WEDNESDAY, March 18 (HealthDay News) -- Screening for prostate cancer does not reduce the mortality rate after seven to 10 years' follow-up, according to study results released online March 18 in advance of publication in the March 26 issue of the New England Journal of Medicine, while a second study in the same issue concludes that prostate-specific antigen-based screening does reduce mortality but runs the risk of over-diagnosis.
Gerald L. Andriole, M.D., of Washington University School of Medicine in St. Louis, and colleagues conducted a study of 76,693 men, of whom 38,343 were randomized to annual screening using prostate-specific antigen (PSA) testing for six years and digital rectal examination for four years, while 38,350 received usual care, which sometimes included screening. The investigators found that the incidence of death and the incidence of prostate cancer were similar in the two groups and that incidence of prostate-cancer mortality was low.
Fritz H. Schröder, M.D., of Erasmus Medical Center in Rotterdam, the Netherlands, and colleagues analyzed data on 182,000 men aged 50 to 74 in seven European countries who were randomized to PSA screening an average of every four years or to a control group, and they found that screening reduced the risk of death from prostate cancer by 20 percent but also resulted in a high risk of over-diagnosis.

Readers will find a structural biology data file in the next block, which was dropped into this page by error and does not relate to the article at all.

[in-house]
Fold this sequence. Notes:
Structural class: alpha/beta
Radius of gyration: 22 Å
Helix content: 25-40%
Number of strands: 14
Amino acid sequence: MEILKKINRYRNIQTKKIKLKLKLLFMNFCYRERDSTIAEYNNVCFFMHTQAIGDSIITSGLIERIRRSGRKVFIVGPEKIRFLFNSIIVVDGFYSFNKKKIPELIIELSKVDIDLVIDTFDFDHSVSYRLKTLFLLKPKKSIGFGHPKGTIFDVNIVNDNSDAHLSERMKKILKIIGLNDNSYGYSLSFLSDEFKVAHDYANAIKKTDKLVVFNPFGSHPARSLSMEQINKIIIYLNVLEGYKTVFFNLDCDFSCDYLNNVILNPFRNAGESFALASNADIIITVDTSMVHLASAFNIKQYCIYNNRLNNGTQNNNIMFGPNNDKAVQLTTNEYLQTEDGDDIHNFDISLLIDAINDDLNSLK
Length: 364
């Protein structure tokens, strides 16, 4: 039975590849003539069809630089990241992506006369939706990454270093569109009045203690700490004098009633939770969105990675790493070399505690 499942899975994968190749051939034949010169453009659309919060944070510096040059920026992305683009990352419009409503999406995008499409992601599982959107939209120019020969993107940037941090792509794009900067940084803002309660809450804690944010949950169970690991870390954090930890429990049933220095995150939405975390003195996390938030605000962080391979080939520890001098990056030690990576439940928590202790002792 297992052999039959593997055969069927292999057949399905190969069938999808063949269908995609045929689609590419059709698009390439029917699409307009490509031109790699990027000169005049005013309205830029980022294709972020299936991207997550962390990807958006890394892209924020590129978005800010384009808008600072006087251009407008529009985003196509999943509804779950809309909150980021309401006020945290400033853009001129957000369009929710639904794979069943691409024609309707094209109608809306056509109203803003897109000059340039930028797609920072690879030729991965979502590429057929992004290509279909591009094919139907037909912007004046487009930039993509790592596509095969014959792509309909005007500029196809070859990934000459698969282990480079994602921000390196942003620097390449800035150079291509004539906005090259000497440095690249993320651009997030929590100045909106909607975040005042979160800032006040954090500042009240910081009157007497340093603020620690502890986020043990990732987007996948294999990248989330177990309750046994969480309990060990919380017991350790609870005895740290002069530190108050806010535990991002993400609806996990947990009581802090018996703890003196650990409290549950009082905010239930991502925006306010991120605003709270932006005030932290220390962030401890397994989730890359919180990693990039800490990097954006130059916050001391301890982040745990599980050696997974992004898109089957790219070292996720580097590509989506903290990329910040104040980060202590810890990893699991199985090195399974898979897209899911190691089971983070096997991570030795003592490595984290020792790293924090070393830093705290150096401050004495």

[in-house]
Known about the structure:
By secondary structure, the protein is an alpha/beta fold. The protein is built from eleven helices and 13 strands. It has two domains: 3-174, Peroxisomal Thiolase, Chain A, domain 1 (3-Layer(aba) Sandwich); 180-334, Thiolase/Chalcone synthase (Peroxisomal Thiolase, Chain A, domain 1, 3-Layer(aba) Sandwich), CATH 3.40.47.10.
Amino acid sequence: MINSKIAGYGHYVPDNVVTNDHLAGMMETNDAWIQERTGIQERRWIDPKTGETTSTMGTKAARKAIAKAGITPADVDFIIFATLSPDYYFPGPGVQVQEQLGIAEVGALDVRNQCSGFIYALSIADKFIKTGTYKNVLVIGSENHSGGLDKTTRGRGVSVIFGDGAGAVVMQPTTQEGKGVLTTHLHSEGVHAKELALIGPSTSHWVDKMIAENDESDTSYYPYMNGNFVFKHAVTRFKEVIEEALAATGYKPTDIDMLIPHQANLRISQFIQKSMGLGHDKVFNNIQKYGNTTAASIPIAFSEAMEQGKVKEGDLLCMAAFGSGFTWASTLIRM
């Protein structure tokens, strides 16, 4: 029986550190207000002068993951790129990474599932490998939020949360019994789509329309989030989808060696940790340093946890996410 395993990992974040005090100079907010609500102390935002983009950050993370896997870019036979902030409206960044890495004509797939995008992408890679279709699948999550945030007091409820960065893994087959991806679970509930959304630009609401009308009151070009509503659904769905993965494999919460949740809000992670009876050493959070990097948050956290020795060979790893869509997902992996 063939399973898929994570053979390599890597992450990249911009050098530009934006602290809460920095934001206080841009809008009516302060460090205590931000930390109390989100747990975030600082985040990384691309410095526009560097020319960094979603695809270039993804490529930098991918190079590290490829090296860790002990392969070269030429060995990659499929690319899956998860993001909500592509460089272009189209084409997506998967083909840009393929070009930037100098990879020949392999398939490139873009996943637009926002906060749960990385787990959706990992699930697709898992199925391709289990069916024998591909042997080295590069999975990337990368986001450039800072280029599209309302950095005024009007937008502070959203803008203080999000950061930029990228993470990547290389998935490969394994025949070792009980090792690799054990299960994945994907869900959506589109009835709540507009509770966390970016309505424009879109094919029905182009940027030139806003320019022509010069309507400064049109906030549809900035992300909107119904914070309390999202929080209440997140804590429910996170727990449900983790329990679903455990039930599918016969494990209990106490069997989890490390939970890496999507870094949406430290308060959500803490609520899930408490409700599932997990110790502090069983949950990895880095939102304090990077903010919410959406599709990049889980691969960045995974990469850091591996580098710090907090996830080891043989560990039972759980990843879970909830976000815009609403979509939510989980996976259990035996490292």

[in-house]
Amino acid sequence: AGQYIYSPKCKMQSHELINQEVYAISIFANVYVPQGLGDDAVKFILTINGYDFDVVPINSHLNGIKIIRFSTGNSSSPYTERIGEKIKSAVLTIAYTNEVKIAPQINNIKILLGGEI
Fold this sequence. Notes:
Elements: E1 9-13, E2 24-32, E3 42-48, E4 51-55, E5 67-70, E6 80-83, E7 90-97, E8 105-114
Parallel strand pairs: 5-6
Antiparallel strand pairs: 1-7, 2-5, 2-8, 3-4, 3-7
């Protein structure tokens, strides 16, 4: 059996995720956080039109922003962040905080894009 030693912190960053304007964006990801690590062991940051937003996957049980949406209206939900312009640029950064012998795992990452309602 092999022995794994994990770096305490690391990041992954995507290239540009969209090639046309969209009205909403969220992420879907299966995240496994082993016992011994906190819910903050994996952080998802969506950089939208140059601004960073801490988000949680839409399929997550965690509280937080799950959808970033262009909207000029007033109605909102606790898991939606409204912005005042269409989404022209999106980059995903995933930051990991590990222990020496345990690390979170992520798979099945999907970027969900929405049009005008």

"Although the results of our trial indicate a reduction in prostate-cancer mortality associated with PSA screening, the introduction of population-based screening must take into account population coverage, over-diagnosis, over-treatment, quality of life, cost and cost-effectiveness," the authors of the second study write.
Authors of both studies report financial ties to the pharmaceutical industry, and one author of the second study holds a patent for an assay for free PSA.
Abstract: Andriole et al
Abstract: Schröder et al